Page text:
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A possible blessing for Dick Lugar in fight to retain US Senate seat

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Michael Heinz/Journal & Courier/AP

(Read caption) Sen. Dick Lugar (R) of Indiana is video recorded by a cell phone during a visit to the West Lafayette wastewater treatment center Monday, May 7, in West Lafayette, Ind.

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Richard Lugar, currently the longest-serving Republican in the US Senate, could get pushed out of office by a rival from with his own party.

Tuesday's primary vote in Indiana pits Senator Lugar against state Treasurer Richard Mourdock, whose challenge is rooted in the themes that Lugar is out of touch both with his state and with an increasingly conservative Republican Party.

Mr. Mourdock's insurgency has shifted in recent weeks from a long-shot bid to an odds-on favorite as Hoosiers head to voting stations.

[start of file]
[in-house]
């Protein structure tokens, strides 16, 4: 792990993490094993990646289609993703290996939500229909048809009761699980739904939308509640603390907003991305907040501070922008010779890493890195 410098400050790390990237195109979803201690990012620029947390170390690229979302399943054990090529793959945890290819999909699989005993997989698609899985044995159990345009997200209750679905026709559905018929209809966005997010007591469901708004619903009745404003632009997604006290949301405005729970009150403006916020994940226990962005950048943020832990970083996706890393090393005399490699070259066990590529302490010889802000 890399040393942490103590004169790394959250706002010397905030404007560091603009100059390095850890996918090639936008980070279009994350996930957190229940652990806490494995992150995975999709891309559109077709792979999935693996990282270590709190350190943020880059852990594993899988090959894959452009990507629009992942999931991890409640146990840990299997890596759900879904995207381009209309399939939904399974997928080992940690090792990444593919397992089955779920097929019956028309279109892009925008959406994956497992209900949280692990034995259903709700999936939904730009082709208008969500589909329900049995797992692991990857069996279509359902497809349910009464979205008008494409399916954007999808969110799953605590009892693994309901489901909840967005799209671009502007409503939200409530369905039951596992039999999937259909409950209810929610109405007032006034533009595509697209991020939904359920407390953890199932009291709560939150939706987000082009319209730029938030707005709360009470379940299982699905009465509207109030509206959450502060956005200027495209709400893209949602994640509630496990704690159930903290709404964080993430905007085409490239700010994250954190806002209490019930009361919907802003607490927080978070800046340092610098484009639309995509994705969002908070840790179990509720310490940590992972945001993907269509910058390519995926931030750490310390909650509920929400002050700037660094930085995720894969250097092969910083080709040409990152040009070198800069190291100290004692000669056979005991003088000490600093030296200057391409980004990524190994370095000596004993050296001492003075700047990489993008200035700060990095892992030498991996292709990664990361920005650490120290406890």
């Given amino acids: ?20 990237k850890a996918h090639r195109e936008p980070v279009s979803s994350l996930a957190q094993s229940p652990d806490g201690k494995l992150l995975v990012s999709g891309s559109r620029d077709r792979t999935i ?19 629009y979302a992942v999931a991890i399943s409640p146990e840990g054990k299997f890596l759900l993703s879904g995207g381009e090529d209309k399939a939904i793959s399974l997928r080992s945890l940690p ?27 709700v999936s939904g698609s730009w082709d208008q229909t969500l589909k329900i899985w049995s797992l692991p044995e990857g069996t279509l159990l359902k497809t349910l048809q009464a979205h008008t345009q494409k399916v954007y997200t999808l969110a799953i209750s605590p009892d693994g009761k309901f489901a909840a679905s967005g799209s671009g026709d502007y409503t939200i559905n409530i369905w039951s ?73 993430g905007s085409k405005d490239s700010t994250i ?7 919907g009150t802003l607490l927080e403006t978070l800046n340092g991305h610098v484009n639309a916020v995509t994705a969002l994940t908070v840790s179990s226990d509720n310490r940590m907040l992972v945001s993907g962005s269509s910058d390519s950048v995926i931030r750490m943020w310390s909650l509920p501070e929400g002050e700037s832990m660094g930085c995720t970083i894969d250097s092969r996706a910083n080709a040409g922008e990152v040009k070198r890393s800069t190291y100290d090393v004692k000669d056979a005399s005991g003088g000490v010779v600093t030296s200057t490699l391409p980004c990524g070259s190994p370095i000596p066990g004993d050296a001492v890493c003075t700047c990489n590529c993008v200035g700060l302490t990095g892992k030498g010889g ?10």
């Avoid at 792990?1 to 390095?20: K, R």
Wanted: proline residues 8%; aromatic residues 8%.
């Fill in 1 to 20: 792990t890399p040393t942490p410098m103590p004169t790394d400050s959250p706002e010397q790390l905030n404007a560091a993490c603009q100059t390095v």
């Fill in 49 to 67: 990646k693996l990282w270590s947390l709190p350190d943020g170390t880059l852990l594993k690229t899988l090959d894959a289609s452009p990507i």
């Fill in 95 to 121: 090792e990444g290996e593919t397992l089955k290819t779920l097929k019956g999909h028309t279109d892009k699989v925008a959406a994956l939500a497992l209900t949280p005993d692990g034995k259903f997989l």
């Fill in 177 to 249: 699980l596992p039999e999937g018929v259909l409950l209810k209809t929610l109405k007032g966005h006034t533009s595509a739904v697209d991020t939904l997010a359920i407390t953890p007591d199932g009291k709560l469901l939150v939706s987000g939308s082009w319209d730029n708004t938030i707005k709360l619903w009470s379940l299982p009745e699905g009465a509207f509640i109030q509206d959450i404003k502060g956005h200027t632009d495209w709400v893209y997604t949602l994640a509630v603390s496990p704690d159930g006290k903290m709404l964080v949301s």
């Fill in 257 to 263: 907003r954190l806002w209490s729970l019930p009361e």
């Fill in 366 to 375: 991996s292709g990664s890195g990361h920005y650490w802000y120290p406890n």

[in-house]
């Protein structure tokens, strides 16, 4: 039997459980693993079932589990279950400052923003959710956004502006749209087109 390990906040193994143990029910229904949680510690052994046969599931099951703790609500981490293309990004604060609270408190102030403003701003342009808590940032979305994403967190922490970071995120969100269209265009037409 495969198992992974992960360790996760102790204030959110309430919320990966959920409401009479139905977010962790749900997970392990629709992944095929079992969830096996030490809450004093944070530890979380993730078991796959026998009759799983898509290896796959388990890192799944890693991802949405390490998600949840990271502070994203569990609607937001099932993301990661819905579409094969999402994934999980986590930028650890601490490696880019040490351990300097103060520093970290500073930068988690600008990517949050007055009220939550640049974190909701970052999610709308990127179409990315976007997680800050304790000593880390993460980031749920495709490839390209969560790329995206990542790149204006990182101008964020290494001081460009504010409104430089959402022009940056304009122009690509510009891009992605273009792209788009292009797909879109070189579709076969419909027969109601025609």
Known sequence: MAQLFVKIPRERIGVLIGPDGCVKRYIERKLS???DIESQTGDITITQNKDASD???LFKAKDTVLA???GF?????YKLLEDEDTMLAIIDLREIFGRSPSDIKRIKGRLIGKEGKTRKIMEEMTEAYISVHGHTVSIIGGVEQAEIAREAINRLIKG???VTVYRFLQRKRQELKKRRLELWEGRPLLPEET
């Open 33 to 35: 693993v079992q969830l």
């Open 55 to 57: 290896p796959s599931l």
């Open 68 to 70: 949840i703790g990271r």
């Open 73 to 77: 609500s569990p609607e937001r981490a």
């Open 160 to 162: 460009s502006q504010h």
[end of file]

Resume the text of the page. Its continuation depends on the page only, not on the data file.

But with Lugar seeking to snatch victory from the jaws of defeat, here's one thing that the six-term Senate veteran can be glad of: Rick Santorum is no longer competing against Mitt Romney for the Republican nomination.

The primary outcome hinges on what types of voters turn out, and a hot presidential contest involving former Senator Santorum of Pennsylvania would have drawn more hard-core conservatives, including evangelical Christians, says Brian Vargus, a professor of political science at Indiana University in Indianapolis.

"If there was still a fight for the nomination between Santorum and [Mitt] Romney, Lugar would be toast," Mr. Vargus says. He notes that Santorum has endorsed Mourdock's bid to replace Lugar as the state's Republican Senate candidate.

In contrast to the live presidential battle that was being waged a few weeks ago, Tuesday's Indiana primary coincides with a move by Santorum to officially endorse Romney. The former Massachusetts governor, for his part, held a fundraiser in Indiana Monday.


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